Radio Free Europe and the Catholic Church in Poland during the 1950s and 1960s

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ABSTRACT:

A review of the literature on Radio Free Europe's role throughout the Cold War reveals its underdeveloped historiography. Yet, how valuable are RFE's reports and broadcasts as a tool for historical exploration? Drawing on a wealth of materials from Polish programming, this analysis uses the case study of the role of the Catholic Church in Poland throughout the 1950s and the 1960s, to appraise not only the content of RFE reports but also the extent to which they can be used as a historical tool. The reports reveal, for example, that the Church became politically active already in the mid 1960s during its struggle with the Communist regime over the Millennium anniversary celebrations and the issue of Poland's Western territories. This analytical framework allows for an examination of RFE's comments in terms of what they might tell us about what really happened, and in ternis of what they actually tell us about the station's perceptions of what happened. The station's position as an observer, critic and participant in the turmoil of the Cold War, gave it a distinct ability to access both the realities behind the Iron Curtain and the Western perceptions of what was happening in the satellite countries.

On 3 May 1952, as Cardinal Stefan Wyszynski was travelling across Poland's Western Territories to inspect the status of the Church in the region, the airwaves were filled with the first Polish broadcast of Radio Free Europe (RPE).1 In an attempt to communicate with the peoples of East Central Europe, the radio became one of the most powerful weapons of collecting and distributing information to eager listeners behind the Iron Curtain. Sponsored and, to an extent, controlled by American political interests, Radio Free Europe became a propaganda machine geared to weaken the Communist bloc. Scholarship, however, is only beginning to examine RFE's role and impact on Cold War history.2 As a contemporary critic of Polish affairs-both an observer and interpreter of events-the 125-person staff of the Polish section3 offers a window into the world of the Polish emigre's mind, especially its perception of realities in Communist Poland. Although the motivations behind RFE's programming have been questioned,4 the actual content of various programs was created and developed by Poles themselves, probably accounting for its popularity in Poland. This programming, combined with the political agenda of the radio station, provides a distinct analytical framework for the study of Polish history. Yet, how can the value of RFE's reports and broadcasts be appraised as a tool for historical exploration? A case study of the role of the Catholic Church in Poland throughout the 1950s and the 1960s, will serve as the litmus test. The intent here is not only to give new insights into the role of the Church, but also to provide a critical appraisal of RPE reports on the Church. This will determine not only the value of RFE reports but also the extent to which they can be used as a historical tool.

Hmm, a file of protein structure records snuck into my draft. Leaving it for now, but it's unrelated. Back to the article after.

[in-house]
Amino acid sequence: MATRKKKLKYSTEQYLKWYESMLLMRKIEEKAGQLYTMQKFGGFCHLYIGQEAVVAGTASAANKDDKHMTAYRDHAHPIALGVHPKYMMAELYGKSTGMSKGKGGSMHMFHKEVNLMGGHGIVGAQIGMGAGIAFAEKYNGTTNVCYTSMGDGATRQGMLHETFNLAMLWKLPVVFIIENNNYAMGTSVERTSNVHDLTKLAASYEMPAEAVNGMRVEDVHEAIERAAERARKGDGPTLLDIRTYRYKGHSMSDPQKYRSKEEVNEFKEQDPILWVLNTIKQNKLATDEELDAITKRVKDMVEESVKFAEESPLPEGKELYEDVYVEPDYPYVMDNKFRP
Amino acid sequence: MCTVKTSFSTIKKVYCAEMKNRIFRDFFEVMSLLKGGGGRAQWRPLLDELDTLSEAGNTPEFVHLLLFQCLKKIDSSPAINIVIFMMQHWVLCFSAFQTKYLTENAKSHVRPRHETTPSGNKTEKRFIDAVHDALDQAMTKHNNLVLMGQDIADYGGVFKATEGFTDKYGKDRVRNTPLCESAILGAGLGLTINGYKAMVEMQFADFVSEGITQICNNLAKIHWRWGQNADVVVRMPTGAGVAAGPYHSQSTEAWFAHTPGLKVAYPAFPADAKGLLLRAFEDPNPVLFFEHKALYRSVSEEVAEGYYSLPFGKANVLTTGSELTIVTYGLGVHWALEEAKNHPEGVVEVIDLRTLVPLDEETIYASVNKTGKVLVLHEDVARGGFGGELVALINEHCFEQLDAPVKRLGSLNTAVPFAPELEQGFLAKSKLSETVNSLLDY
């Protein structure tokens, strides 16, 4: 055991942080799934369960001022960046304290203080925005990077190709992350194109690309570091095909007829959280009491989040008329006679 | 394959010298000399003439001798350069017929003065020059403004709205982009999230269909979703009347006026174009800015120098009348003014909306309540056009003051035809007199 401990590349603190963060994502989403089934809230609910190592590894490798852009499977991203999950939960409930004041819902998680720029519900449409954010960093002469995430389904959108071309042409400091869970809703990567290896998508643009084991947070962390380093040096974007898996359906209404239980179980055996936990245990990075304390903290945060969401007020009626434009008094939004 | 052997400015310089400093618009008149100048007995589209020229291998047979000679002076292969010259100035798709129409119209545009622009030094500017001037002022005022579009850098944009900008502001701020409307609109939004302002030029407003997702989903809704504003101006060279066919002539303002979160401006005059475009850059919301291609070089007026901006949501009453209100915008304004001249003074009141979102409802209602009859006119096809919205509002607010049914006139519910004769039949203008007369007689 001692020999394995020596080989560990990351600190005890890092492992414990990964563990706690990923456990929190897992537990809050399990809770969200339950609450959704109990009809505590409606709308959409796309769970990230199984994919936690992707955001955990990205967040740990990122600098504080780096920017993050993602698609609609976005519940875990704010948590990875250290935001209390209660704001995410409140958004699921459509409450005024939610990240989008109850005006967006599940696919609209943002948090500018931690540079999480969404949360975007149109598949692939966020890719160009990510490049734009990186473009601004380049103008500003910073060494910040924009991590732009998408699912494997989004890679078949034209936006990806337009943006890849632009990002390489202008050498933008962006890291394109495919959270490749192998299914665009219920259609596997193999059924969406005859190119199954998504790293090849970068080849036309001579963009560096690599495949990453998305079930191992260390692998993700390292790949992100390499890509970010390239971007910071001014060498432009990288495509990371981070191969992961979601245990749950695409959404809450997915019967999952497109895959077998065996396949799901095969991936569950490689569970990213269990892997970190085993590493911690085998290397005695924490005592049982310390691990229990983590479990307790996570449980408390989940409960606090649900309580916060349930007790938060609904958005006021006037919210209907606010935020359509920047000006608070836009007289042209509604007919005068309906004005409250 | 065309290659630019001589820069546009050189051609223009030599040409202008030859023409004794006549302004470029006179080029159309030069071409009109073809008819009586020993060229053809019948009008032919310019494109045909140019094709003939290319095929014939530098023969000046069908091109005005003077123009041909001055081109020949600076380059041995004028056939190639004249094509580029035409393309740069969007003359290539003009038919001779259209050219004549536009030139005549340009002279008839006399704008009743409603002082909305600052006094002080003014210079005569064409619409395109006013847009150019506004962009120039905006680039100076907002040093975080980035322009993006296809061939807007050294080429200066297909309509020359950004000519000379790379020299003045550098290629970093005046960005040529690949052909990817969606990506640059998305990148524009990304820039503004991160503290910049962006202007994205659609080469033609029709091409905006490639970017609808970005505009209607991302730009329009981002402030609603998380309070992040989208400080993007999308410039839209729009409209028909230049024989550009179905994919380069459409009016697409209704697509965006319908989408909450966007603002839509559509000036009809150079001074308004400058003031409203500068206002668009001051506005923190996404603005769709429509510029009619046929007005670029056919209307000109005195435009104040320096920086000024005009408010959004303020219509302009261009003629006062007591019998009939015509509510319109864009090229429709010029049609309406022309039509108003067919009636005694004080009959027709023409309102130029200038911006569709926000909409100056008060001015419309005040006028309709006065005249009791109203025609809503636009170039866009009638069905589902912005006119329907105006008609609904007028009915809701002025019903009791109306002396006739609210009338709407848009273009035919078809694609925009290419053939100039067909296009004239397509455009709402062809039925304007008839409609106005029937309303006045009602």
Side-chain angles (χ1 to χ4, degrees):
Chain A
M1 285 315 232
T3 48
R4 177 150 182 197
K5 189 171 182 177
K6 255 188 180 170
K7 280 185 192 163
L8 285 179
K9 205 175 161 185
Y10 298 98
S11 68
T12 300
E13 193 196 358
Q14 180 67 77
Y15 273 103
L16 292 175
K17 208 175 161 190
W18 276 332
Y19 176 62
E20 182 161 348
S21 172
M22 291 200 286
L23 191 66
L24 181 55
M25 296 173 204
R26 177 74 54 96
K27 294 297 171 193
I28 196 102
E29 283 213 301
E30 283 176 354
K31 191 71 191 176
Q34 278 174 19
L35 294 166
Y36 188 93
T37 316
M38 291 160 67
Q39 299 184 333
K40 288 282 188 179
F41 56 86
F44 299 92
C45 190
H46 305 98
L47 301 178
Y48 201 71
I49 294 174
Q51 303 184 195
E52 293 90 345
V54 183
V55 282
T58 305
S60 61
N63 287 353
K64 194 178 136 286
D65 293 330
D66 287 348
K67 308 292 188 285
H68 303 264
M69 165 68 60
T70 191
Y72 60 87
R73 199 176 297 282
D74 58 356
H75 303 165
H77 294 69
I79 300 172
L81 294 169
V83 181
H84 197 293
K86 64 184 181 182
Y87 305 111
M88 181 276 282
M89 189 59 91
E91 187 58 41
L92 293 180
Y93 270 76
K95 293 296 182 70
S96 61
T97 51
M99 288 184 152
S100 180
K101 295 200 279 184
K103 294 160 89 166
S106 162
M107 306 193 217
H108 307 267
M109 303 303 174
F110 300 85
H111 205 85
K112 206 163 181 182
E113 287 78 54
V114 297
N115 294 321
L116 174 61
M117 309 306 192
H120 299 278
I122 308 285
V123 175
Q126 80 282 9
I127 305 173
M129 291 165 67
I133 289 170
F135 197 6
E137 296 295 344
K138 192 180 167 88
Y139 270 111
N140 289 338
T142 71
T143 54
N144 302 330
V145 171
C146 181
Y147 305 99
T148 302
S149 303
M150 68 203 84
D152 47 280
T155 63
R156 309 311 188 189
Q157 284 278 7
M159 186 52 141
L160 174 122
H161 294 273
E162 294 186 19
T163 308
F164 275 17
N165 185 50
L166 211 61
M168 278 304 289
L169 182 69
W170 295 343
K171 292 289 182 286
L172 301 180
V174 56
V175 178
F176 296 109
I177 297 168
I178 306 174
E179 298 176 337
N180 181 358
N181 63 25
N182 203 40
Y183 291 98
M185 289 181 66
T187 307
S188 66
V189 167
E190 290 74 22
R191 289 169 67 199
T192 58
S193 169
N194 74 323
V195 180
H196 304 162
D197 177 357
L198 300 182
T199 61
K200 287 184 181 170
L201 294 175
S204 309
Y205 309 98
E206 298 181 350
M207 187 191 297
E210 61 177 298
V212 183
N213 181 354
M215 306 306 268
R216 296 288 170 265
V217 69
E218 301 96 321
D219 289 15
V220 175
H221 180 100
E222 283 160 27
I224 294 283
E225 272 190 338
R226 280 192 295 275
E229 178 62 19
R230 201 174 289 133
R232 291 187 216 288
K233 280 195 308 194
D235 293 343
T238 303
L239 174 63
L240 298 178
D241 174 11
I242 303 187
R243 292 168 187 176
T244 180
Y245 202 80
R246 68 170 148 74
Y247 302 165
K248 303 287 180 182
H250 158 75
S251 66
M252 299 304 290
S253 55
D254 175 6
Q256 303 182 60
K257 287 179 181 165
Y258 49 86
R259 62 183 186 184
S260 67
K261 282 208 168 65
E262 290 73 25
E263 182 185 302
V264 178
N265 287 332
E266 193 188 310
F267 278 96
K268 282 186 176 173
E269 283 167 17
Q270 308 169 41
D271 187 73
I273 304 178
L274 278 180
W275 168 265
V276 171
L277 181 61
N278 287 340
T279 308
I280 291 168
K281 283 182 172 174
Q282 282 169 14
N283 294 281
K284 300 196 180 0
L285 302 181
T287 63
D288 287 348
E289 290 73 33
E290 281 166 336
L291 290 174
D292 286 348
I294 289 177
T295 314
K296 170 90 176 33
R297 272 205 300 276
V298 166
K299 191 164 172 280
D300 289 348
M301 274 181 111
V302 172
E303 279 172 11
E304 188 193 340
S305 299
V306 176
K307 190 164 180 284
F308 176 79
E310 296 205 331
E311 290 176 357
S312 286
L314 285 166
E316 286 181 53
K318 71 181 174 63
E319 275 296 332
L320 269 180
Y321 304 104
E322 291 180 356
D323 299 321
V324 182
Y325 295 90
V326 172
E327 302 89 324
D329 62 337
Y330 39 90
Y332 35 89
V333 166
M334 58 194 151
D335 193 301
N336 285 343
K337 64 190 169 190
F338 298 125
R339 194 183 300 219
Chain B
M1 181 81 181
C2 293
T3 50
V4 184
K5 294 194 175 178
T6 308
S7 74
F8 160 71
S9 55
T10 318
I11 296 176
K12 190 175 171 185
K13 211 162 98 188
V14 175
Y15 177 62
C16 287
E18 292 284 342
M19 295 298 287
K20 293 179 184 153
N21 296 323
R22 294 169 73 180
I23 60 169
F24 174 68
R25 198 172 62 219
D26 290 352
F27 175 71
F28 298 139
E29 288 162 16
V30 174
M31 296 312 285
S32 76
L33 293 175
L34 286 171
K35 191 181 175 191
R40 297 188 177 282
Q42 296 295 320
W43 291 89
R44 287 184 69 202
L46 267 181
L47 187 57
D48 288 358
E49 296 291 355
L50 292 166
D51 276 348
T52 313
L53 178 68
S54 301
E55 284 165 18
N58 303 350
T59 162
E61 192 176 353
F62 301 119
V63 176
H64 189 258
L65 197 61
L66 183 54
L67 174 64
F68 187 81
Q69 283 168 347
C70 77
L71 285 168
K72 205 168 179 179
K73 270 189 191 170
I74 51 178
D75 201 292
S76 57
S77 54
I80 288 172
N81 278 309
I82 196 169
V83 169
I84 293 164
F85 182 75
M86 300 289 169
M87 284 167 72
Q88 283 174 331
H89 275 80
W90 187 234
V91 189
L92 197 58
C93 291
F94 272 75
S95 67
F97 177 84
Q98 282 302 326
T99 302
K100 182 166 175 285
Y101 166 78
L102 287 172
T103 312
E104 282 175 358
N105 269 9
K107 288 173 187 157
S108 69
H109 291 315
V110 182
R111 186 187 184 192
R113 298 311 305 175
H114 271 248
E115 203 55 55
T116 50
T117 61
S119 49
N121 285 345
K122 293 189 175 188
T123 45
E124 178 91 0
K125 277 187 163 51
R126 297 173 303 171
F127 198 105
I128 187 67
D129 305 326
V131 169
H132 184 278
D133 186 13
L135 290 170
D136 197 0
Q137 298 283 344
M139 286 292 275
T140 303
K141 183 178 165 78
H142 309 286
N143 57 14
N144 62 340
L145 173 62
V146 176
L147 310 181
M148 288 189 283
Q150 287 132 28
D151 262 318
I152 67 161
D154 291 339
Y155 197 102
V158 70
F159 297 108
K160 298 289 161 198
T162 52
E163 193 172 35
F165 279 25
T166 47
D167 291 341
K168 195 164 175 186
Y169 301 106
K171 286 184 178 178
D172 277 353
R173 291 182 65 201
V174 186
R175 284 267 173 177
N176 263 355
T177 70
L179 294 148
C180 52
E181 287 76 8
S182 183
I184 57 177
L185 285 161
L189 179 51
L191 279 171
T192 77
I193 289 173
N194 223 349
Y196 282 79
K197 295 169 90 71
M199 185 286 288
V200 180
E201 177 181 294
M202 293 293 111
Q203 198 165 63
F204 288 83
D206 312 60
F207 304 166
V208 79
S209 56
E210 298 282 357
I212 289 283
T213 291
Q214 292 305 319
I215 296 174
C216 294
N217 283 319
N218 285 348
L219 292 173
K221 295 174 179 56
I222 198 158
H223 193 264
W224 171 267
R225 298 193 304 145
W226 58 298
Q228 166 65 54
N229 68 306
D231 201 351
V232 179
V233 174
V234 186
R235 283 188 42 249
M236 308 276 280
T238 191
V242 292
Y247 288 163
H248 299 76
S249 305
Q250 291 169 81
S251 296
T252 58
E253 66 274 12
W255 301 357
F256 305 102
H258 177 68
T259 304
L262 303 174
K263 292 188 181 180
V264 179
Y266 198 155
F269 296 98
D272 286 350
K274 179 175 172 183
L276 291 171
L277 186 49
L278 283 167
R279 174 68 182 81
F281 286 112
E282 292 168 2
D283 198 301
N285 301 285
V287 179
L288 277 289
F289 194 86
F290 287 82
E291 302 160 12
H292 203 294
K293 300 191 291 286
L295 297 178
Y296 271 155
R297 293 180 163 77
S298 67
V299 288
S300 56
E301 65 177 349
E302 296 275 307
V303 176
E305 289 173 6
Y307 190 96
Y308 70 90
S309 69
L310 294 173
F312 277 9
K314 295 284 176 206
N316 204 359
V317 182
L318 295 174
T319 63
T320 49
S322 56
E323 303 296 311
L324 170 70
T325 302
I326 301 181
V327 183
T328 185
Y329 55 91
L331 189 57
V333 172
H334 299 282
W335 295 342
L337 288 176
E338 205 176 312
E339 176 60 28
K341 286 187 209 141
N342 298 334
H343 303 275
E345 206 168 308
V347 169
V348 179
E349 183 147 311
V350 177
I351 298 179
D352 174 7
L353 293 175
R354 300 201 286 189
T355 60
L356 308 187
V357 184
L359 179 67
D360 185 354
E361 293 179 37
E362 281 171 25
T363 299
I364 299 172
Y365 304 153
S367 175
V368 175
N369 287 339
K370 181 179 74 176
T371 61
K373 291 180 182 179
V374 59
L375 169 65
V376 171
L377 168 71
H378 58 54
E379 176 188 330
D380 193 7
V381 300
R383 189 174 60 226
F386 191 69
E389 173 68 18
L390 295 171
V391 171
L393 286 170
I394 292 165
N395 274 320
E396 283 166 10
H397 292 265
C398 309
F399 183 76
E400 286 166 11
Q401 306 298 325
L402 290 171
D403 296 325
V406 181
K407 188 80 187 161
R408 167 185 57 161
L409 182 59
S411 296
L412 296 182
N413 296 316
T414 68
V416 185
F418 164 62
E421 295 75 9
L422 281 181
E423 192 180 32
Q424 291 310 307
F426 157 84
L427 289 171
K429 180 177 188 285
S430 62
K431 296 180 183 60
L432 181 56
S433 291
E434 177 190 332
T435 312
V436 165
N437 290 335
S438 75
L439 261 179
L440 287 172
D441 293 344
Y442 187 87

Why use RFE reports to analyze Polish history of the Communist era-in particular, the history of the Catholic Church? It seems to me that to understand the content and the nature of RFE's perspective on this issue is to get inside the defining process of the actor in order to understand his actions. The station's position as observer, critic and participant in the turmoil of the Cold War gave it a distinct ability to access both the realities behind the Iron Curtain and the Western perceptions of what was happening in the satellite countries. To identify the boundaries of analysis, it is essential to examine RFE's commentaries (a) in terms of what they might tell us about what really happened; and (b) in terms of what they actually tell us about the station's perceptions of what happened. Submerged in the process of historicity, RFE examined (and still examines) facts, events, lives, and rituals that extend far beyond the historical narrative, moving into topics such as politics, law, economics, sociology, religion, and anthropology. …

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